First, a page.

21 October 2010

No Gnome in Maverick Meerkat

I am a little surprised that no one has yet commented on how there is no longer a Gnome entry in the Ubuntu Maverick Meerkat login screen. Instead, you have various options for "Ubuntu Desktop Edition." When you select "Ubuntu Desktop Edition" you get something that looks, acts, smells, and sounds almost exactly like Gnome. For now.

19 October 2010

Enabling touchpad clicking and edge scrolling in Squeeze

Gnome has a mouse configuration interface that lets you enable touchpad clicking and scrolling. But if you are a Debian Squeeze user and prefer Xfce, LXDE, or some handmade alternative, you will find that your touchpad's clicking and edge scrolling won't work [1]. You'll also find that those functions don't work in the GDM login screen even if you do use Gnome. No probs. The fix is easy.

To fix:
  1. Open  /usr/share/X11/xorg.conf.d/50-synaptics.conf (as root) in an editor.
  2. Add the text
    Option "TapButton1" "1"
    Option "VertEdgeScroll" "1"

    between Section "InputClass" and EndSection.
  3. Save, reboot and enjoy.
Note that if you use Gnome, you might find that your old mouse settings are messed up after the above. Set them again and all should be fine.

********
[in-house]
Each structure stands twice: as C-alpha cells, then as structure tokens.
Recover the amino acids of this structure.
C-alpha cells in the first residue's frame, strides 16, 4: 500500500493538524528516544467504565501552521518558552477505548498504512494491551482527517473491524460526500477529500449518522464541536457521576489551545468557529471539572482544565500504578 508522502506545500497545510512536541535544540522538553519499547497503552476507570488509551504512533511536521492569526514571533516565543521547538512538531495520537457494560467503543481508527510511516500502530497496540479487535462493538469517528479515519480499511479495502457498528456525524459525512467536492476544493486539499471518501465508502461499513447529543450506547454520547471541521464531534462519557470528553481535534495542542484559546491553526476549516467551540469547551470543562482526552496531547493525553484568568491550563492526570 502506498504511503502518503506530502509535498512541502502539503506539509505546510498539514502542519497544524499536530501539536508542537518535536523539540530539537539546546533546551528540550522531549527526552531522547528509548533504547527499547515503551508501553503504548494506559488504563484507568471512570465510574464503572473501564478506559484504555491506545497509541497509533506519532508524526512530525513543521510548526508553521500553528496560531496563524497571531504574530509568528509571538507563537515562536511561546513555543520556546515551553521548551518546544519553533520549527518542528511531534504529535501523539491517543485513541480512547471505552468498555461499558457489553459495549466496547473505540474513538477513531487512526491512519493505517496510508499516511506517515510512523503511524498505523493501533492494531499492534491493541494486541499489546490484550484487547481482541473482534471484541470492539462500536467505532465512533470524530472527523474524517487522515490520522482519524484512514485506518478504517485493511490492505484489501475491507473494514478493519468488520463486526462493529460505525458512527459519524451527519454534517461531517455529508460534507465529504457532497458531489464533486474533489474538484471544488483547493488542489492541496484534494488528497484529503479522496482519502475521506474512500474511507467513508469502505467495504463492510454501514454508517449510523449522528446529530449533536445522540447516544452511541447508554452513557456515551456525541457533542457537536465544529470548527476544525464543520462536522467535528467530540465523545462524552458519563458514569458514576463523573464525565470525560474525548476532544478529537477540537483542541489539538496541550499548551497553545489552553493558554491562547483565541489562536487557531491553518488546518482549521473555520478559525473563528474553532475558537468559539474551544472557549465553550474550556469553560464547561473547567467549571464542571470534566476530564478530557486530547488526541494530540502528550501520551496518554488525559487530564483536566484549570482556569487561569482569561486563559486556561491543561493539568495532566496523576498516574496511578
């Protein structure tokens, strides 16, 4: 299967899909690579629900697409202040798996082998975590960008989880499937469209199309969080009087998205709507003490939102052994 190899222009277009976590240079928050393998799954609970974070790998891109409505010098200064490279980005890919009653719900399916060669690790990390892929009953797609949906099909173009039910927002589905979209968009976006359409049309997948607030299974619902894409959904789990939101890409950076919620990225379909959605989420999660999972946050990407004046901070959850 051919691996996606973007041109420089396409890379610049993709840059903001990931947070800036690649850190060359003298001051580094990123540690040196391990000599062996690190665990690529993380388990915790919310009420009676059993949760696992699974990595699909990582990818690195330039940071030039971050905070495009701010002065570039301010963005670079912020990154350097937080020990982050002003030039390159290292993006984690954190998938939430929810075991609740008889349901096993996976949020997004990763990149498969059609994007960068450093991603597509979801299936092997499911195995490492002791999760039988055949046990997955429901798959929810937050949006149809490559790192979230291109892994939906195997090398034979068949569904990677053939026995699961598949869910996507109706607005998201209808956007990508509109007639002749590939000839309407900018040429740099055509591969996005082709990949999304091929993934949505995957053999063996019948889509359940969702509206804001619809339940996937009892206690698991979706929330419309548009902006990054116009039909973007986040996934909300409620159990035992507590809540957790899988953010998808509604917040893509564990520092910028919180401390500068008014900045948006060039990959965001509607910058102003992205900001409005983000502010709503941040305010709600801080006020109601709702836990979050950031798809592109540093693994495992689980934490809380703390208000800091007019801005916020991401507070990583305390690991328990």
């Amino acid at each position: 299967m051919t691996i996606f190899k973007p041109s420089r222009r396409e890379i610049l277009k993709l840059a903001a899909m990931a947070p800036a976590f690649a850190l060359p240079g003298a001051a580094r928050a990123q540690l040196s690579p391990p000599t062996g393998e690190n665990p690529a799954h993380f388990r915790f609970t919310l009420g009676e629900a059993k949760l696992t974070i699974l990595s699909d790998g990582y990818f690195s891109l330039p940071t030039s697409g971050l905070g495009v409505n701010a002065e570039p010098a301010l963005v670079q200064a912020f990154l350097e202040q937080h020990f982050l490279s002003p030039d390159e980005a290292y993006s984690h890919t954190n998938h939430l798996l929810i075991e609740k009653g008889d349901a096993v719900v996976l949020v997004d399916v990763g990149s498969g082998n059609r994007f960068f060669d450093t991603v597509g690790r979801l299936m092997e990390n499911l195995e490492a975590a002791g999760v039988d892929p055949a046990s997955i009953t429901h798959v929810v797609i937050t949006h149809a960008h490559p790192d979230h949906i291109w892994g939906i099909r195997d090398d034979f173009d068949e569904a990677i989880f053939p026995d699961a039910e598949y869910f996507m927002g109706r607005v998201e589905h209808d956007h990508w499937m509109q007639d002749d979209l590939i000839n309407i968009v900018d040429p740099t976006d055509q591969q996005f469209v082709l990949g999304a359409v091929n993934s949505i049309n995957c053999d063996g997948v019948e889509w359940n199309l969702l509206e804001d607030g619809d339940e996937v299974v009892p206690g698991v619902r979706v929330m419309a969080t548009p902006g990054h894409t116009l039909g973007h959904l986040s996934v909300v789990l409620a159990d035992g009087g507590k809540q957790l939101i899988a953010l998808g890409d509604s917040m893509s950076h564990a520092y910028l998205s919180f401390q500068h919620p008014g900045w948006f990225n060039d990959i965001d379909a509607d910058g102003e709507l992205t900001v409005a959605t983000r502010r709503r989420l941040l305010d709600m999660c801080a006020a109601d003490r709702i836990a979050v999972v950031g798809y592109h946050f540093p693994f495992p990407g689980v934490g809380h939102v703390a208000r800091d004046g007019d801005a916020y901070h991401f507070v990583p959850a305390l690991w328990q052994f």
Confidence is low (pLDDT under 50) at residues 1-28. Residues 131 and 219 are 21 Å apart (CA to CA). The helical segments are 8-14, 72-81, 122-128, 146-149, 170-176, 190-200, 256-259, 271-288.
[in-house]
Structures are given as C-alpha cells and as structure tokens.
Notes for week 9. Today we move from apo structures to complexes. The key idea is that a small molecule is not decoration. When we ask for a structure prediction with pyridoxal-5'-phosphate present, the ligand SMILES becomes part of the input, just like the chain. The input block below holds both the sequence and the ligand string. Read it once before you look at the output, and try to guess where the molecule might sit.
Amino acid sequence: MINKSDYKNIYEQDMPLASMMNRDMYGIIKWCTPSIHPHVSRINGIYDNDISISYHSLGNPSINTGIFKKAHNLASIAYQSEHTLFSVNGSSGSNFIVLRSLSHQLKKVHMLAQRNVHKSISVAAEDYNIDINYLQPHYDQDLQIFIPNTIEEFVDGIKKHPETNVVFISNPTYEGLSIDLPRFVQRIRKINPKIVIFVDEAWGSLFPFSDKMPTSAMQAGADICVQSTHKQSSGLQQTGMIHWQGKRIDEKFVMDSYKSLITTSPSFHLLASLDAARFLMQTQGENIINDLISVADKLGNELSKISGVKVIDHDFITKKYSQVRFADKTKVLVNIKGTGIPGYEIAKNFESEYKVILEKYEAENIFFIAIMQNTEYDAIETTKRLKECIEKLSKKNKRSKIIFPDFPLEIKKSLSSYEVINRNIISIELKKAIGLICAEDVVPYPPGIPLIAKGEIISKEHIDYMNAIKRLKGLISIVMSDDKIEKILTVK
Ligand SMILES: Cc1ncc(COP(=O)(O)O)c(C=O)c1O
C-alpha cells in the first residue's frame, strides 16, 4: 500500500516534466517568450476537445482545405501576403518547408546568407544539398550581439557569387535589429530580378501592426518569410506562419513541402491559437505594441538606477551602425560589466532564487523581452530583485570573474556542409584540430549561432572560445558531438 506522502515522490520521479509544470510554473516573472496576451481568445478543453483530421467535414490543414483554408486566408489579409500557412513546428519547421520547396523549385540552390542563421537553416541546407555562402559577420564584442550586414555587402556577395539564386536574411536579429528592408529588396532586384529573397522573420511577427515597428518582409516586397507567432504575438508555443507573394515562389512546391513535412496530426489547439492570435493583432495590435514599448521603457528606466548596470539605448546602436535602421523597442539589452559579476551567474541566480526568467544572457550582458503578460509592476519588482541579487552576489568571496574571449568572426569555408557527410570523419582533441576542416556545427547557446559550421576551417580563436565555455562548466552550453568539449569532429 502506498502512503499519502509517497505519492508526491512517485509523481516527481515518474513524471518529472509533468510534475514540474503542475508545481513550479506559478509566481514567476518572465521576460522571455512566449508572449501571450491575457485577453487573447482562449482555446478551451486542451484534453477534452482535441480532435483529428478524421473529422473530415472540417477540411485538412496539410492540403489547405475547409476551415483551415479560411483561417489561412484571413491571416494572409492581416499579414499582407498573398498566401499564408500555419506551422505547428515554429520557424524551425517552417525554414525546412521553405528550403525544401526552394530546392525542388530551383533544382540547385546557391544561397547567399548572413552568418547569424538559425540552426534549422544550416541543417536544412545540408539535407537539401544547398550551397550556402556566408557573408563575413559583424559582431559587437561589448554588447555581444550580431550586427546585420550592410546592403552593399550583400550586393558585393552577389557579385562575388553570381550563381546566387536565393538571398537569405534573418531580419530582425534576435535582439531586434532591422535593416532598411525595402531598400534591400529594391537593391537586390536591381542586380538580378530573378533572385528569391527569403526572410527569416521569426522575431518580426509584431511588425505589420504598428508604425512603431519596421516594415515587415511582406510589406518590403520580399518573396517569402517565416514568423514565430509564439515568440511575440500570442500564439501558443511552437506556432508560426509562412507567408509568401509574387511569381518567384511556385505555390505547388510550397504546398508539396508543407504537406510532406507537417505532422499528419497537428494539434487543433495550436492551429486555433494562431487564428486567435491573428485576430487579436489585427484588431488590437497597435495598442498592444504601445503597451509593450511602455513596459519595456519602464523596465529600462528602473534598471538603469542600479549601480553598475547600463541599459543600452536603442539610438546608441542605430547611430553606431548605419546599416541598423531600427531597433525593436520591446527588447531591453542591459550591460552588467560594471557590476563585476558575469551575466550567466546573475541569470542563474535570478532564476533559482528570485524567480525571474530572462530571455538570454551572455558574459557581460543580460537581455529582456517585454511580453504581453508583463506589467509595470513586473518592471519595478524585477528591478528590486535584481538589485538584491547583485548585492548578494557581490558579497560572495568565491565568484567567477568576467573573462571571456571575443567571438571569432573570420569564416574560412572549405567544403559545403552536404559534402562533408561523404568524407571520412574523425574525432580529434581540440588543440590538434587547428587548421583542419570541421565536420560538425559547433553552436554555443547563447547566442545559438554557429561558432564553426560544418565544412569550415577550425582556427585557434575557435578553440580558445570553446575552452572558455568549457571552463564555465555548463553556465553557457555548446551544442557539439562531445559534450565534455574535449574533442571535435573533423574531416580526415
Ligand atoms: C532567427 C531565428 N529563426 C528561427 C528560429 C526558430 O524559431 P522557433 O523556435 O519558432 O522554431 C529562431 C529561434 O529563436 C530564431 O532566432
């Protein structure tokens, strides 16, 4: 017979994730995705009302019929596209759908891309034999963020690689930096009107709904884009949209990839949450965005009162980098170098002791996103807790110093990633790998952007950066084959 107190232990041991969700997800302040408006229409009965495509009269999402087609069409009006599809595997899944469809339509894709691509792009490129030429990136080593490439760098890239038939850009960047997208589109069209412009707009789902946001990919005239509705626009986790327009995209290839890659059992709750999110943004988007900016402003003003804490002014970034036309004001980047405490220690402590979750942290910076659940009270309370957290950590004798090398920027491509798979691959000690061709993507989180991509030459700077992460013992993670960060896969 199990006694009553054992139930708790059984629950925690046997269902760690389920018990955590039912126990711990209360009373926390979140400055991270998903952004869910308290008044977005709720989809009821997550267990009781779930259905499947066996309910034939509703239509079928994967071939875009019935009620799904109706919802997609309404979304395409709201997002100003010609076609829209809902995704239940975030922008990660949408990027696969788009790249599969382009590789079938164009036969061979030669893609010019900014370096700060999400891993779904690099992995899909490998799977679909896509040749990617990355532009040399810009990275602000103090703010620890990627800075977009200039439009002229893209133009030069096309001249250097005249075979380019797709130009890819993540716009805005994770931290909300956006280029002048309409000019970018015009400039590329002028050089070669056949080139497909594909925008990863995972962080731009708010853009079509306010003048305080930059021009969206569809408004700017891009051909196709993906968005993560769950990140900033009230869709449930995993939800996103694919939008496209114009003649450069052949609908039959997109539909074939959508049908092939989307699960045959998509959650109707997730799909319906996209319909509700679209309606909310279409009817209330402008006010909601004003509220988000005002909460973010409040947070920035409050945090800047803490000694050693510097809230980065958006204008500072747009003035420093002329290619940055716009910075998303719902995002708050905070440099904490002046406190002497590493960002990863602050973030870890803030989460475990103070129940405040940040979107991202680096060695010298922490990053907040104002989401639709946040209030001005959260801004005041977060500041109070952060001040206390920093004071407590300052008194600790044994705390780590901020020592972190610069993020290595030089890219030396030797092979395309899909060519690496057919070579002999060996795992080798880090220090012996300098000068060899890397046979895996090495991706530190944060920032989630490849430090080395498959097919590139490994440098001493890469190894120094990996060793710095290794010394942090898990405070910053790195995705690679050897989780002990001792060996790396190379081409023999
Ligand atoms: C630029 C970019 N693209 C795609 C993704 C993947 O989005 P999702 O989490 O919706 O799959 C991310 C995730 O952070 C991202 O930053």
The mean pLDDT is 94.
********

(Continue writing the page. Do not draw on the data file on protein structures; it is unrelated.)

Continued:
If you don't like the idea of changing system config files, you can use synclient in a startup script to enable things as well.

Useful links:

[1] At least at the time of this writing. When Squeeze is eventually released, this may change.

14 October 2010

Fixing brightnes control, etc. on a Samsung R510 with Debian Squeeze

I finally got around to installing Linux on my Samsung R510 laptop. One of the problems with Samsung laptops is that they don't play well with some Linux standards. One example is the brightness control--it just doesn't work. There are some other issues that are less irritating, but this one is the worst for me.

There is a fix for these ails that was developed for Ubuntu (some of which is also at Google code.). The problem is that my current distribution of choice is Debian Testing (Squeeze). The good news is that these bits developed for Ubuntu can be used in Squeeze as well.

We need to install three different packages: easy-slow-down-manager, samsung-backlight, and samsung-tools. Here's what I did after installing Squeeze with Gnome on the R510:

Download the Maverick *.deb for easy-slow-down-manager from from https://launchpad.net/~voria/+archive/ppa and install it directly with gdebi or your favorite package installer. It's all DKMS source code, so installing the package in Squeeze should be ok.

Downloaded the Maverick *.deb for samsung-backlight from from https://launchpad.net/~voria/+archive/ppa and install it directly with gdebi or your favorite package installer. Like easy-slow-down-manager, it's all DKMS source, so installing the package in Squeeze should be ok.

With a lot of Samsung laptops, we'd be done with these two packages. Sadly, the R510 needs some extra love. The following is taken almost verbatim from http://www.voria.org/forum/viewtopic.php?f=3&t=516&start=0&hilit=r510

First (as root):